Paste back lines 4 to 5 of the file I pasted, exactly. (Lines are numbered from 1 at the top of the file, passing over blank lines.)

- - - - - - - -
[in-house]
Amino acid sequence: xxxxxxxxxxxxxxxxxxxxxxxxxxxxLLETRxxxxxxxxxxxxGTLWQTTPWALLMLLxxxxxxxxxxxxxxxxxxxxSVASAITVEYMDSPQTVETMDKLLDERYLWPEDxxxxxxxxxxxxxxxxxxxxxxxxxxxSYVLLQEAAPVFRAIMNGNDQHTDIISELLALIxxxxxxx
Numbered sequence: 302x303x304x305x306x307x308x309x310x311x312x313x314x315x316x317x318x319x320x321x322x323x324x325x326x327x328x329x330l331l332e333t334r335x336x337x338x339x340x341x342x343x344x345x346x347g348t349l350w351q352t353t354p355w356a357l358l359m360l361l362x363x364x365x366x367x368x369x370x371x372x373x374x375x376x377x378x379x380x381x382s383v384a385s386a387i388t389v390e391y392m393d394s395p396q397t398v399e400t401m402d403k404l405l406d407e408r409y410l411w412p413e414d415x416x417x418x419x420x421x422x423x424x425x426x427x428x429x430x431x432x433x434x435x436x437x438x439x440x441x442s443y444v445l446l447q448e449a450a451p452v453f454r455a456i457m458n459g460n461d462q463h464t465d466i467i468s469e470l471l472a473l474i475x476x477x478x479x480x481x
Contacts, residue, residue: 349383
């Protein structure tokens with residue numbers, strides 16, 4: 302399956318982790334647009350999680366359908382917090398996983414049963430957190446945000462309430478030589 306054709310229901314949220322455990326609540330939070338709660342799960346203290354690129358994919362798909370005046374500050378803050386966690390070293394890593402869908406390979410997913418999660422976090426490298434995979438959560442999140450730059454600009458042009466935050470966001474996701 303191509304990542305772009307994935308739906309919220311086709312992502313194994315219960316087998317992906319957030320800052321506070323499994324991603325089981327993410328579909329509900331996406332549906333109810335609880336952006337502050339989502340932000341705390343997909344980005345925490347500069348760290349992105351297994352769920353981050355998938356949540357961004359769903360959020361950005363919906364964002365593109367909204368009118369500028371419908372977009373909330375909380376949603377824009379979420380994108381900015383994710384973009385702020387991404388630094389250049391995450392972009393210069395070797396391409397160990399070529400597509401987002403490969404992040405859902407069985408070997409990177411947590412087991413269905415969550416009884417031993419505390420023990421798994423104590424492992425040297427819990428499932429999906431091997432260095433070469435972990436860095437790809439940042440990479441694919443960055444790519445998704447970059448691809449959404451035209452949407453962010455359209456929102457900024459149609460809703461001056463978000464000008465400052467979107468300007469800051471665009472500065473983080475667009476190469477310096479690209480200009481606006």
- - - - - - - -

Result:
Contacts, residue, residue: 349383
């Protein structure tokens with residue numbers, strides 16, 4: 302399956318982790334647009350999680366359908382917090398996983414049963430957190446945000462309430478030589 306054709310229901314949220322455990326609540330939070338709660342799960346203290354690129358994919362798909370005046374500050378803050386966690390070293394890593402869908406390979410997913418999660422976090426490298434995979438959560442999140450730059454600009458042009466935050470966001474996701 303191509304990542305772009307994935308739906309919220311086709312992502313194994315219960316087998317992906319957030320800052321506070323499994324991603325089981327993410328579909329509900331996406332549906333109810335609880336952006337502050339989502340932000341705390343997909344980005345925490347500069348760290349992105351297994352769920353981050355998938356949540357961004359769903360959020361950005363919906364964002365593109367909204368009118369500028371419908372977009373909330375909380376949603377824009379979420380994108381900015383994710384973009385702020387991404388630094389250049391995450392972009393210069395070797396391409397160990399070529400597509401987002403490969404992040405859902407069985408070997409990177411947590412087991413269905415969550416009884417031993419505390420023990421798994423104590424492992425040297427819990428499932429999906431091997432260095433070469435972990436860095437790809439940042440990479441694919443960055444790519445998704447970059448691809449959404451035209452949407453962010455359209456929102457900024459149609460809703461001056463978000464000008465400052467979107468300007469800051471665009472500065473983080475667009476190469477310096479690209480200009481606006």